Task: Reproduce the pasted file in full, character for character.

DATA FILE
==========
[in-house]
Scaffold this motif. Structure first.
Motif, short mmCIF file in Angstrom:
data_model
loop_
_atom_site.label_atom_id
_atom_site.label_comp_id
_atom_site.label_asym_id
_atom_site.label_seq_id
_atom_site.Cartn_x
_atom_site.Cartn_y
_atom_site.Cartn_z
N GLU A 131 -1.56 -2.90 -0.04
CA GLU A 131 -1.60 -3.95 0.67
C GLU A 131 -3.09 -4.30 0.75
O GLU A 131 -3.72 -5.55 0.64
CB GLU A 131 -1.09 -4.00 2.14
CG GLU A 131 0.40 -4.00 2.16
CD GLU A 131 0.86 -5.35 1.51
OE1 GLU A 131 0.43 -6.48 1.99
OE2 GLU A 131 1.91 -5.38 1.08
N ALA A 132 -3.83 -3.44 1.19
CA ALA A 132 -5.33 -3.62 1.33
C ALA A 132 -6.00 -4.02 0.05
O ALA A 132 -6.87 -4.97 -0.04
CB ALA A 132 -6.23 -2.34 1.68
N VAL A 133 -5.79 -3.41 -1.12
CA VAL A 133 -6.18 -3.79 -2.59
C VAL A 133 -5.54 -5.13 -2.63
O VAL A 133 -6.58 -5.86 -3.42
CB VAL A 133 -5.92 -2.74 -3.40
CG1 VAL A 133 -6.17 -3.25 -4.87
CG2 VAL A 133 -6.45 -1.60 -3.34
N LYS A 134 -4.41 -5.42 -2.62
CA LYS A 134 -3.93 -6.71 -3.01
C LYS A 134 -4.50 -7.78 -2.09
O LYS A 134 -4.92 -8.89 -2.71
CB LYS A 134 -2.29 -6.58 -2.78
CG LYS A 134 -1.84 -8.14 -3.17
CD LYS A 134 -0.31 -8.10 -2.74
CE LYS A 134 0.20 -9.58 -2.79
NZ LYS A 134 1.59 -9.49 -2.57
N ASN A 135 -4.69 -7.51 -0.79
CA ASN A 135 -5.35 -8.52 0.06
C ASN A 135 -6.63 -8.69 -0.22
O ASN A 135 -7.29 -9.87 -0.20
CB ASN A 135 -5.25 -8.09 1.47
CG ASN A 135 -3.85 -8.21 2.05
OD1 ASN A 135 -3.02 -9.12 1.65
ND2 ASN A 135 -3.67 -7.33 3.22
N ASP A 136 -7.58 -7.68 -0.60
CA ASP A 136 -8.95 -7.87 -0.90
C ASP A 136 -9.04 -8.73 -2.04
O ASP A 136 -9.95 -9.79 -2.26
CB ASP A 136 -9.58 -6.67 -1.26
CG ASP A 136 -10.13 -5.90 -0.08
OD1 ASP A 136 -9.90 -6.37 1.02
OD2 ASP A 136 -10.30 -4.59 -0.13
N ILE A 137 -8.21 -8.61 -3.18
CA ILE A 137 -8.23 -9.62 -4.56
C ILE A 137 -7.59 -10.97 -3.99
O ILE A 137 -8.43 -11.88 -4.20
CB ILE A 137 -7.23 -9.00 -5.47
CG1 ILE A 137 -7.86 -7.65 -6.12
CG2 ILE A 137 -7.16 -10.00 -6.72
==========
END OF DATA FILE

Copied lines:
[in-house]
Scaffold this motif. Structure first.
Motif, short mmCIF file in Angstrom:
data_model
loop_
_atom_site.label_atom_id
_atom_site.label_comp_id
_atom_site.label_asym_id
_atom_site.label_seq_id
_atom_site.Cartn_x
_atom_site.Cartn_y
_atom_site.Cartn_z
N GLU A 131 -1.56 -2.90 -0.04
CA GLU A 131 -1.60 -3.95 0.67
C GLU A 131 -3.09 -4.30 0.75
O GLU A 131 -3.72 -5.55 0.64
CB GLU A 131 -1.09 -4.00 2.14
CG GLU A 131 0.40 -4.00 2.16
CD GLU A 131 0.86 -5.35 1.51
OE1 GLU A 131 0.43 -6.48 1.99
OE2 GLU A 131 1.91 -5.38 1.08
N ALA A 132 -3.83 -3.44 1.19
CA ALA A 132 -5.33 -3.62 1.33
C ALA A 132 -6.00 -4.02 0.05
O ALA A 132 -6.87 -4.97 -0.04
CB ALA A 132 -6.23 -2.34 1.68
N VAL A 133 -5.79 -3.41 -1.12
CA VAL A 133 -6.18 -3.79 -2.59
C VAL A 133 -5.54 -5.13 -2.63
O VAL A 133 -6.58 -5.86 -3.42
CB VAL A 133 -5.92 -2.74 -3.40
CG1 VAL A 133 -6.17 -3.25 -4.87
CG2 VAL A 133 -6.45 -1.60 -3.34
N LYS A 134 -4.41 -5.42 -2.62
CA LYS A 134 -3.93 -6.71 -3.01
C LYS A 134 -4.50 -7.78 -2.09
O LYS A 134 -4.92 -8.89 -2.71
CB LYS A 134 -2.29 -6.58 -2.78
CG LYS A 134 -1.84 -8.14 -3.17
CD LYS A 134 -0.31 -8.10 -2.74
CE LYS A 134 0.20 -9.58 -2.79
NZ LYS A 134 1.59 -9.49 -2.57
N ASN A 135 -4.69 -7.51 -0.79
CA ASN A 135 -5.35 -8.52 0.06
C ASN A 135 -6.63 -8.69 -0.22
O ASN A 135 -7.29 -9.87 -0.20
CB ASN A 135 -5.25 -8.09 1.47
CG ASN A 135 -3.85 -8.21 2.05
OD1 ASN A 135 -3.02 -9.12 1.65
ND2 ASN A 135 -3.67 -7.33 3.22
N ASP A 136 -7.58 -7.68 -0.60
CA ASP A 136 -8.95 -7.87 -0.90
C ASP A 136 -9.04 -8.73 -2.04
O ASP A 136 -9.95 -9.79 -2.26
CB ASP A 136 -9.58 -6.67 -1.26
CG ASP A 136 -10.13 -5.90 -0.08
OD1 ASP A 136 -9.90 -6.37 1.02
OD2 ASP A 136 -10.30 -4.59 -0.13
N ILE A 137 -8.21 -8.61 -3.18
CA ILE A 137 -8.23 -9.62 -4.56
C ILE A 137 -7.59 -10.97 -3.99
O ILE A 137 -8.43 -11.88 -4.20
CB ILE A 137 -7.23 -9.00 -5.47
CG1 ILE A 137 -7.86 -7.65 -6.12
CG2 ILE A 137 -7.16 -10.00 -6.72